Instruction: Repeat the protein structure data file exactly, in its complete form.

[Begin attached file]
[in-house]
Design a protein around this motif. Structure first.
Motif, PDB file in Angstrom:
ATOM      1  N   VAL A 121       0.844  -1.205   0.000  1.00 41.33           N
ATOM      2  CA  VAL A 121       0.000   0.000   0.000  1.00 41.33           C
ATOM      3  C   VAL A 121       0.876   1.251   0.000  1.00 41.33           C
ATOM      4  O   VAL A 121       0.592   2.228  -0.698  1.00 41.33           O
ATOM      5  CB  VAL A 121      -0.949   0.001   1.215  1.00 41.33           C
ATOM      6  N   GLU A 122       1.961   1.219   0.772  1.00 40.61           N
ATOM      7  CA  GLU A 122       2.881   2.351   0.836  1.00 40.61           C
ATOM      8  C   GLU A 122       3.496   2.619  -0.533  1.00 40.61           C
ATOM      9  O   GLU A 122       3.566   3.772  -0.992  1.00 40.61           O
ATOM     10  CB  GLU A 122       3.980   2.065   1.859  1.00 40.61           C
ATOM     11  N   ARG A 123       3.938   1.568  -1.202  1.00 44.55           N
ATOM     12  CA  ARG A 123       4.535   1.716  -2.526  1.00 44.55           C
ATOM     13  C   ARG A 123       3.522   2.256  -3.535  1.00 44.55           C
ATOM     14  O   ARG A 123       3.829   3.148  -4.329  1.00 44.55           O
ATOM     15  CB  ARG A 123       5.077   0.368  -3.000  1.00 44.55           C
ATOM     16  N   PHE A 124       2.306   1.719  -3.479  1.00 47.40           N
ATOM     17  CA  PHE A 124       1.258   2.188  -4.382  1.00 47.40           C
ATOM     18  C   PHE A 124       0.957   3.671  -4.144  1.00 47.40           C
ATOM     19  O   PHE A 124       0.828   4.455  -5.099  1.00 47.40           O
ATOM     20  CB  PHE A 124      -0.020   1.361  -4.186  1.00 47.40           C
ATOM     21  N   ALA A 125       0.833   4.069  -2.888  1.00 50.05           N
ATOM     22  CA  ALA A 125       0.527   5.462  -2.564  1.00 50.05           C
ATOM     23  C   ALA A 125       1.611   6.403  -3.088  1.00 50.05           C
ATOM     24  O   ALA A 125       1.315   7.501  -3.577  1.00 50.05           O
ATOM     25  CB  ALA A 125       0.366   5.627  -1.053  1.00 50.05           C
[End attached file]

[in-house]
Design a protein around this motif. Structure first.
Motif, PDB file in Angstrom:
ATOM      1  N   VAL A 121       0.844  -1.205   0.000  1.00 41.33           N
ATOM      2  CA  VAL A 121       0.000   0.000   0.000  1.00 41.33           C
ATOM      3  C   VAL A 121       0.876   1.251   0.000  1.00 41.33           C
ATOM      4  O   VAL A 121       0.592   2.228  -0.698  1.00 41.33           O
ATOM      5  CB  VAL A 121      -0.949   0.001   1.215  1.00 41.33           C
ATOM      6  N   GLU A 122       1.961   1.219   0.772  1.00 40.61           N
ATOM      7  CA  GLU A 122       2.881   2.351   0.836  1.00 40.61           C
ATOM      8  C   GLU A 122       3.496   2.619  -0.533  1.00 40.61           C
ATOM      9  O   GLU A 122       3.566   3.772  -0.992  1.00 40.61           O
ATOM     10  CB  GLU A 122       3.980   2.065   1.859  1.00 40.61           C
ATOM     11  N   ARG A 123       3.938   1.568  -1.202  1.00 44.55           N
ATOM     12  CA  ARG A 123       4.535   1.716  -2.526  1.00 44.55           C
ATOM     13  C   ARG A 123       3.522   2.256  -3.535  1.00 44.55           C
ATOM     14  O   ARG A 123       3.829   3.148  -4.329  1.00 44.55           O
ATOM     15  CB  ARG A 123       5.077   0.368  -3.000  1.00 44.55           C
ATOM     16  N   PHE A 124       2.306   1.719  -3.479  1.00 47.40           N
ATOM     17  CA  PHE A 124       1.258   2.188  -4.382  1.00 47.40           C
ATOM     18  C   PHE A 124       0.957   3.671  -4.144  1.00 47.40           C
ATOM     19  O   PHE A 124       0.828   4.455  -5.099  1.00 47.40           O
ATOM     20  CB  PHE A 124      -0.020   1.361  -4.186  1.00 47.40           C
ATOM     21  N   ALA A 125       0.833   4.069  -2.888  1.00 50.05           N
ATOM     22  CA  ALA A 125       0.527   5.462  -2.564  1.00 50.05           C
ATOM     23  C   ALA A 125       1.611   6.403  -3.088  1.00 50.05           C
ATOM     24  O   ALA A 125       1.315   7.501  -3.577  1.00 50.05           O
ATOM     25  CB  ALA A 125       0.366   5.627  -1.053  1.00 50.05           C